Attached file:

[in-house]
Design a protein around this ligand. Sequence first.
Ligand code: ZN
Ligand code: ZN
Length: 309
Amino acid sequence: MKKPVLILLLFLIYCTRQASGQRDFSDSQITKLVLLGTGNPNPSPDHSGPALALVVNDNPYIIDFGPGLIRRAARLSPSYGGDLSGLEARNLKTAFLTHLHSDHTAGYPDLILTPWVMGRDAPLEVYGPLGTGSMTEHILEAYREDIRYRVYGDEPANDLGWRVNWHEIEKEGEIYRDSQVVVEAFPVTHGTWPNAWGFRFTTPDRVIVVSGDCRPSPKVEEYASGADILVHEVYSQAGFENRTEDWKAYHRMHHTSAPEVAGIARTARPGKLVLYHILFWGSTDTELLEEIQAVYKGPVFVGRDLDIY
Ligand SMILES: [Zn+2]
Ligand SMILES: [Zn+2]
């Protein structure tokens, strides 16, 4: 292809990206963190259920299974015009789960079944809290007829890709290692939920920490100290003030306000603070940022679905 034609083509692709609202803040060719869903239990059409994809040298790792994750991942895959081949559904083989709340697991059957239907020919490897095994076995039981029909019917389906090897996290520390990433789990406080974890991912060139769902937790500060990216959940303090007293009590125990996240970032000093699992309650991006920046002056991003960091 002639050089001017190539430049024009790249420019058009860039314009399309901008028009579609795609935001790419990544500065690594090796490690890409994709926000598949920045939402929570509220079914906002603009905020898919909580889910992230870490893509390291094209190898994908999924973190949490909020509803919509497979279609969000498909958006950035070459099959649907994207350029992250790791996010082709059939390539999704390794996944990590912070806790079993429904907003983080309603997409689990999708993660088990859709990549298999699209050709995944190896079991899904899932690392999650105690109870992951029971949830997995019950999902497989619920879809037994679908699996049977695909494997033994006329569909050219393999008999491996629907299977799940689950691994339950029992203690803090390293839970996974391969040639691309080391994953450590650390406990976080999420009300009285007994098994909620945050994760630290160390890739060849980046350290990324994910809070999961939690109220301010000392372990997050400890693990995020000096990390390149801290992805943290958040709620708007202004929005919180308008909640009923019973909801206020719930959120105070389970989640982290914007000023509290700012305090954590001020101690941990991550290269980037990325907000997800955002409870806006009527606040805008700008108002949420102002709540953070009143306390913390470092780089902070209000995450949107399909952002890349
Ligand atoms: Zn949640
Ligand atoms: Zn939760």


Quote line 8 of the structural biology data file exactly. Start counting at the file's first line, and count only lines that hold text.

Ligand SMILES: [Zn+2]